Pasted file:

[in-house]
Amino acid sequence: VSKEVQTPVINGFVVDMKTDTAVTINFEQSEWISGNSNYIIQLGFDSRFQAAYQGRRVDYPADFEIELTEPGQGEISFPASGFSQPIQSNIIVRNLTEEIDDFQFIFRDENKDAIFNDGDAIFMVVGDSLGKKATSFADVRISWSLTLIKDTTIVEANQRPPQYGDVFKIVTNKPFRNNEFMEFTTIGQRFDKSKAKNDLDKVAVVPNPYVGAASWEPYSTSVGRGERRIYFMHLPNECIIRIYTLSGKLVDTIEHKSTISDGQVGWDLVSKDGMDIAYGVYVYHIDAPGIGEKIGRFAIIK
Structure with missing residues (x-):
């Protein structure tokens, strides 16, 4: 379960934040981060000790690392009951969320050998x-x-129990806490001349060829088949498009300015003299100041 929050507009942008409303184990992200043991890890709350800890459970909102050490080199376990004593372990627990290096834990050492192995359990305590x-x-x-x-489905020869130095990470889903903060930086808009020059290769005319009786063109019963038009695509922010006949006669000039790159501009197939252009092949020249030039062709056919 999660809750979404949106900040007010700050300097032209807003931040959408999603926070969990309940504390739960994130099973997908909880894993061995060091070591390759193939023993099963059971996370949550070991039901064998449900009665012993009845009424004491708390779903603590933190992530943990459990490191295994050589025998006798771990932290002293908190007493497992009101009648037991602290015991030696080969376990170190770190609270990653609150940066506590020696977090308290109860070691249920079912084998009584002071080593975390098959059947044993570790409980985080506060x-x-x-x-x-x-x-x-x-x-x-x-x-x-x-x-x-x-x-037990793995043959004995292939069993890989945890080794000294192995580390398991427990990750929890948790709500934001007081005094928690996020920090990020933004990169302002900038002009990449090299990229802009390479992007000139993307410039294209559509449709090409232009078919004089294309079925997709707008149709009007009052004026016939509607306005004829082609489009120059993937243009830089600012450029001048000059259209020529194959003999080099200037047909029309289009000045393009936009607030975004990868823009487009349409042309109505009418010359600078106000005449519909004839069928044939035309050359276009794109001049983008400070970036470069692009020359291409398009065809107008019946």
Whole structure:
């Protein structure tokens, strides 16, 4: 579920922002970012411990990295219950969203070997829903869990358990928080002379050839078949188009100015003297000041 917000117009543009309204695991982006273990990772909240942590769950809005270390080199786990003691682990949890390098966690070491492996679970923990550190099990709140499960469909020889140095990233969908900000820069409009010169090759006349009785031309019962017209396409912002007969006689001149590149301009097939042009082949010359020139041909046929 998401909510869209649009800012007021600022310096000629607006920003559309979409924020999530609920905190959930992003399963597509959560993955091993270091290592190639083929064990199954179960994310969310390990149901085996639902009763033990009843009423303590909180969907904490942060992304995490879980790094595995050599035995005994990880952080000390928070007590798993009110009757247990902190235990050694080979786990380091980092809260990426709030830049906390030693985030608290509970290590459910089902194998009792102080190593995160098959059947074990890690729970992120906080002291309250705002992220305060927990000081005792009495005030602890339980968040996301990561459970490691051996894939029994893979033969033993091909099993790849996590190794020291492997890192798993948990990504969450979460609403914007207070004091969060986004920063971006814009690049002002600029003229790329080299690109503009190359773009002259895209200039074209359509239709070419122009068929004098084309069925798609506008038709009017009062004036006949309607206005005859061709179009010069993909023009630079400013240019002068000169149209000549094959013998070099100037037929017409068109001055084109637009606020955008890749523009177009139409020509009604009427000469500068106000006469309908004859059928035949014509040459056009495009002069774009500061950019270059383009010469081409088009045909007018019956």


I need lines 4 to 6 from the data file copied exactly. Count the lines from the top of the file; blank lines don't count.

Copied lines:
């Protein structure tokens, strides 16, 4: 379960934040981060000790690392009951969320050998x-x-129990806490001349060829088949498009300015003299100041 929050507009942008409303184990992200043991890890709350800890459970909102050490080199376990004593372990627990290096834990050492192995359990305590x-x-x-x-489905020869130095990470889903903060930086808009020059290769005319009786063109019963038009695509922010006949006669000039790159501009197939252009092949020249030039062709056919 999660809750979404949106900040007010700050300097032209807003931040959408999603926070969990309940504390739960994130099973997908909880894993061995060091070591390759193939023993099963059971996370949550070991039901064998449900009665012993009845009424004491708390779903603590933190992530943990459990490191295994050589025998006798771990932290002293908190007493497992009101009648037991602290015991030696080969376990170190770190609270990653609150940066506590020696977090308290109860070691249920079912084998009584002071080593975390098959059947044993570790409980985080506060x-x-x-x-x-x-x-x-x-x-x-x-x-x-x-x-x-x-x-037990793995043959004995292939069993890989945890080794000294192995580390398991427990990750929890948790709500934001007081005094928690996020920090990020933004990169302002900038002009990449090299990229802009390479992007000139993307410039294209559509449709090409232009078919004089294309079925997709707008149709009007009052004026016939509607306005004829082609489009120059993937243009830089600012450029001048000059259209020529194959003999080099200037047909029309289009000045393009936009607030975004990868823009487009349409042309109505009418010359600078106000005449519909004839069928044939035309050359276009794109001049983008400070970036470069692009020359291409398009065809107008019946």
Whole structure:
């Protein structure tokens, strides 16, 4: 579920922002970012411990990295219950969203070997829903869990358990928080002379050839078949188009100015003297000041 917000117009543009309204695991982006273990990772909240942590769950809005270390080199786990003691682990949890390098966690070491492996679970923990550190099990709140499960469909020889140095990233969908900000820069409009010169090759006349009785031309019962017209396409912002007969006689001149590149301009097939042009082949010359020139041909046929 998401909510869209649009800012007021600022310096000629607006920003559309979409924020999530609920905190959930992003399963597509959560993955091993270091290592190639083929064990199954179960994310969310390990149901085996639902009763033990009843009423303590909180969907904490942060992304995490879980790094595995050599035995005994990880952080000390928070007590798993009110009757247990902190235990050694080979786990380091980092809260990426709030830049906390030693985030608290509970290590459910089902194998009792102080190593995160098959059947074990890690729970992120906080002291309250705002992220305060927990000081005792009495005030602890339980968040996301990561459970490691051996894939029994893979033969033993091909099993790849996590190794020291492997890192798993948990990504969450979460609403914007207070004091969060986004920063971006814009690049002002600029003229790329080299690109503009190359773009002259895209200039074209359509239709070419122009068929004098084309069925798609506008038709009017009062004036006949309607206005005859061709179009010069993909023009630079400013240019002068000169149209000549094959013998070099100037037929017409068109001055084109637009606020955008890749523009177009139409020509009604009427000469500068106000006469309908004859059928035949014509040459056009495009002069774009500061950019270059383009010469081409088009045909007018019956």